|Scientific Name:||Panthera Tigris|
The tiger is the largest cat species, most recognisable for their pattern of dark vertical stripes on reddish-orange fur with a lighter underside.
The tiger is the most powerful of all the big cats, and is native to east and southern Asia. The tiger is feared by most human beings who inhabit settlements within the tiger's territory.
Tigers are solitary animals, and hunt by night. To reach their prey, these big cats can also swim across rivers. They kill their prey by biting the neck, before dragging it to the place where they want to eat it.
Tigers are among the most recognisable and popular of the world's charismatic mega fauna. They have featured prominently in ancient mythology and folklore, and continue to be depicted in modern films and literature. They appear on many flags, coats of arms, and as mascots for sporting teams. The tiger is the national animal of Bangladesh, India, Malaysia and South Korea
There are six different subspecies of tiger which are the Bengal tiger, tiger, the Indochinese tiger, tiger, the Malayan tiger, tiger, the Sumatran tiger, tiger, the Siberian tiger and the South China Tiger. The white tiger is actually a Bengal tiger.
Tigers have muscular bodies with powerful forelimbs, large heads and long tails. The fur is dense and heavy; colouration varies between shades of orange and brown with white ventral areas and distinctive vertical black stripes, whose patterns are unique to each individual.
Tigers are generally orange with black stripes although it's common to see tigers with white and sandy coloured markings. The white tiger tiger is a rare type of tiger, with bright white fur and black stripes, these tigers occur from a genetic mutation when in the mother tiger's womb.
Size and Habitat
The average tiger weighs around 300kg and a tiger can stretch its body to roughly 4 metres. The Bengal and Siberian subspecies are the tallest at the shoulder and thus considered the largest living felids, ranking with the extinct Caspian tiger among the biggest that ever existed. Males vary in total length from 250 to 390 cm (98 to 154 in). Females vary in total length from 200 to 275 cm (79 to 108 in).
They are a notably sexually dimorphic species, females being consistently smaller than males. The size difference between males and females is proportionally greater in the larger tiger subspecies, with males weighing up to 1.7 times more than females. Males also have wider forepaw pads than females, enabling gender to be told from tracks.
In the past, tigers were found throughout Asia, from the Caucasus and the Caspian Sea to Siberia and the Indonesian islands of Java, Bali and Sumatra. Today, their fragmented and partly degraded range extends from India in the west to China and Southeast Asia. The northern limit of their range is close to the Amur River in south eastern Siberia. The only large island they still inhabit is Sumatra. Since the beginning of the 20th century, tigers' historical range has shrunk by 93%. In the decade from 1997 to 2007, the estimated area known to be occupied by tigers has declined by 41%.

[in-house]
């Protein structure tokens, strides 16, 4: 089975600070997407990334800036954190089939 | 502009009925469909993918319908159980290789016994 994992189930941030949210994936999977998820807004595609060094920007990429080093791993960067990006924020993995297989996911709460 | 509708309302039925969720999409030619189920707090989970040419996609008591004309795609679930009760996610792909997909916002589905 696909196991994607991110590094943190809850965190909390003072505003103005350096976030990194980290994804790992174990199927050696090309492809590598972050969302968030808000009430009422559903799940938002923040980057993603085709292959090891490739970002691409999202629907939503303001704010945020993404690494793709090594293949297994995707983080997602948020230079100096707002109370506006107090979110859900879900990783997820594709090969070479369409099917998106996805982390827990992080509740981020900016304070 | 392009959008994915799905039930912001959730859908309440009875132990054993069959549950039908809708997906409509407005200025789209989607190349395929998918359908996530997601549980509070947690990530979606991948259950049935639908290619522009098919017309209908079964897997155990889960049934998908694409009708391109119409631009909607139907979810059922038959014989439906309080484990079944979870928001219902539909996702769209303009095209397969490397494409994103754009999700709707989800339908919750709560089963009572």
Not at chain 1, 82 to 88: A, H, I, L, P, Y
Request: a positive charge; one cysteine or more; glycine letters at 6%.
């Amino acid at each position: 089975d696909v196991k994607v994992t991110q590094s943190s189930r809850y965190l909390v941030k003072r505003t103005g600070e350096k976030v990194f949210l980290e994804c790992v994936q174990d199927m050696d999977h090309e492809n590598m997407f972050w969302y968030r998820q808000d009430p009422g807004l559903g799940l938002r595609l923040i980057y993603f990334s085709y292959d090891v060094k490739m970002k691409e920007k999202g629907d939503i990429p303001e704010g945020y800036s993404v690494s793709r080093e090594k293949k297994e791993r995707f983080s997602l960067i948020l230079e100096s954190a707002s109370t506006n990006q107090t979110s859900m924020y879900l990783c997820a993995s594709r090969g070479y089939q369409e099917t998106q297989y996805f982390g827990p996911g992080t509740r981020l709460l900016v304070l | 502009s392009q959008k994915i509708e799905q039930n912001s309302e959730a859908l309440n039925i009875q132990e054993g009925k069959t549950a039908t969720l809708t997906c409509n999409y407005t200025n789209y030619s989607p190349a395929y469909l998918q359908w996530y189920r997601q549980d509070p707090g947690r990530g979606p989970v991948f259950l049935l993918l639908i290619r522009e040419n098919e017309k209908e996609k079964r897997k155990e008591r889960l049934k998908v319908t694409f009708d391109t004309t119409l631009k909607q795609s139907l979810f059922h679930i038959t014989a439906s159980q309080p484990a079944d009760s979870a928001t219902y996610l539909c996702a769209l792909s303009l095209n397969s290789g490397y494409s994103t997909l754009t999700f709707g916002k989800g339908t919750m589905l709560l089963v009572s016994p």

Tigers can occupy a wide range of habitat types, but will usually require sufficient cover, proximity to water, and an abundance of prey. A further habitat requirement is the placement of suitably secluded den locations, which may consist of caves, large hollow trees, or dense vegetation.
Tigers usually mate from November to April and after a gestation period of just over 3 months the female tiger gives birth to 2 or 3 tiger cubs. When the tiger cubs are first born they are blind and extremely vulnerable. By the time the tiger cub is around 18 months old, it is able to hunt for itself. Tiger cubs are known to grow rapidly and can put on 100 g of weight every day. The tiger cubs usually stay with their mother until they are between 2 and 3 years old and the tiger cubs are then big enough and strong enough to venture out into the jungle to live a life of solitude.
Today the tiger is a near endangered species with only a handful still roaming the Asian jungles.
Reasons behind this are:
- The tiger has been one of the big five game animals of Asia. Tiger hunting took place on a large scale in the early 19th and 20th centuries, being a recognised and admired sport by the British in colonial India as well as the Maharajas.
- Historically, tigers have been hunted at a large scale so their famous striped skins could be collected.
- The trading of tiger parts in Asia has become a major black market industry and governmental and conservation attempts to stop it have been ineffective to date.